Julia Campbell understands her body's limitations, but the Chesterton senior is also willing to push her swimming regimen.
Campbell competed in the finals of the 1,000-yard free, 200 free and 200 back at last weekend's Hall of Fame Classic -- all in a span of 45 minutes.
Admittedly tired and sore, Campbell won the 1,000 free and 200 back and was second in the 200 free.
Later in the day, she helped the Trojans win the 400 free relay and finish fourth in the 200 free relay.
"(After) the 1,000 (free) and 200 (free) my arms were dead," Campbell said. "I just used my legs in the 200 back. My best three events just fell that way, and I wanted to do what I could for the team."
Campbell's efforts were key in the Trojans' overall win among a field which included four of the state's top 13-ranked teams.
"That was a tough trip, and she still wasn't done with two huge relays," Chesterton coach Kevin Kinel said. "She definitely showed leadership all of the way through the meet."
Campbell has been a valuable member of the lineup throughout her prep swimming career.
She's competed in four events (two individual, two relays) in her first three state finals appearances, making the second day in all 12 races.
In the 500 free, she's finished in the top nine all three times. Last season, she helped the 400 free relay place third.
Kinel predicts even better results this season.
"She's letting it loose this year," he said of the Miami (Ohio) recruit. "(Last weekend) was exhausting, but it's to the point in these competitions to suck it up and do it."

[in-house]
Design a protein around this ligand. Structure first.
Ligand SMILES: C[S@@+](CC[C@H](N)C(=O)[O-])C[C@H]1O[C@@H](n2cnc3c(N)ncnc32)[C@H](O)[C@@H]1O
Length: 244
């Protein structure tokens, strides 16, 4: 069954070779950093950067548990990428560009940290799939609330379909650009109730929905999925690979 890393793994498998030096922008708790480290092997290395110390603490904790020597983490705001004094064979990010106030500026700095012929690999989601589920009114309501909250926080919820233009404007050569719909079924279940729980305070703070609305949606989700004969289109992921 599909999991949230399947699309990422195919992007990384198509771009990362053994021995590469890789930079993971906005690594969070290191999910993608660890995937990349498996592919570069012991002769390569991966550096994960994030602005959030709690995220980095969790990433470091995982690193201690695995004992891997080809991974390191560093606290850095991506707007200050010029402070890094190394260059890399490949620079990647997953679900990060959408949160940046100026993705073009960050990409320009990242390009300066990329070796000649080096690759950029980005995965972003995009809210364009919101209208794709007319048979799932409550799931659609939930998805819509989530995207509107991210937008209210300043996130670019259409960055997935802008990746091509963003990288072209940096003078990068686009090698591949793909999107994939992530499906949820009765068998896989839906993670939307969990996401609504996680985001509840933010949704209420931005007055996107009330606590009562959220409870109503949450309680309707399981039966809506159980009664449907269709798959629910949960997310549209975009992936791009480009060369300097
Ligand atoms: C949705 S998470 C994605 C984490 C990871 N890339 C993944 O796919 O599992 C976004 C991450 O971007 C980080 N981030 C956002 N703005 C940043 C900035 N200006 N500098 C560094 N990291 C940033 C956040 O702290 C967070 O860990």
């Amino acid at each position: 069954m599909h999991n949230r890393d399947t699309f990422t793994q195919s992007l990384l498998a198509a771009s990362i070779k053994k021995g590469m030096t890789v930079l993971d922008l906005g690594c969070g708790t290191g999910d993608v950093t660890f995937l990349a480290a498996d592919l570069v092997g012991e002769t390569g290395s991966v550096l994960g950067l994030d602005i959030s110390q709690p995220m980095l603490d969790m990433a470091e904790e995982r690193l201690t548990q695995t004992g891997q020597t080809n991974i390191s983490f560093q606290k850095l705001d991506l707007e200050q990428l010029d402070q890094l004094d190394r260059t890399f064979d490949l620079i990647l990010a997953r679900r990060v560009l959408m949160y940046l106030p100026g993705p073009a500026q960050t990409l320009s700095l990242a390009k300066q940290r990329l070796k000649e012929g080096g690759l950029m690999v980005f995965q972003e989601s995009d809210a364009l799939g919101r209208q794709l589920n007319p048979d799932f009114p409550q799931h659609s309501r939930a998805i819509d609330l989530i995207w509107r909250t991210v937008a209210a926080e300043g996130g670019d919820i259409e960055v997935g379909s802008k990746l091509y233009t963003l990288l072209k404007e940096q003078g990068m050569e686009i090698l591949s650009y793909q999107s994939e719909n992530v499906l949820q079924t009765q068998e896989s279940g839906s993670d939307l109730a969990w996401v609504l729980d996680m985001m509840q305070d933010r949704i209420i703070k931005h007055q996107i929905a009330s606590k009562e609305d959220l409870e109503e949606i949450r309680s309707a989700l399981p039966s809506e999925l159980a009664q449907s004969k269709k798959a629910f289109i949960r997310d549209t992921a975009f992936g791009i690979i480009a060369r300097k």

Campbell does part of her practice regimen with the state's No. 1 boys team.
"I threw her over there," Kinel said. "I think the more competition you have in practice, the better you'll be. It can only help her."
And the senior believes she's up to that challenge.
"I'm not getting lapped," Campbell said. "It's pretty rough, but it's fun."
Campbell also feels more comfortable discussing issues with the coaching staff.
She was slated to compete in the 400 individual medley last weekend -- not the 1,000 free. Campbell spoke up about the decision.
"I told (Kinel) that I would win the 1,000 and not win the 400 IM, so he switched me," she said. "After practice (Monday), he said my 1,000 was impressive. I said, 'Thanks, I told you I would win and really be glad to put me in the 1,000.'"
Kinel believes the exchange shows Campbell's maturity.
"As kids get older, they start to feel more comfortable about talking with me," he said. "They don't feel it's their place when they are younger, but she realizes now that her opinion is important."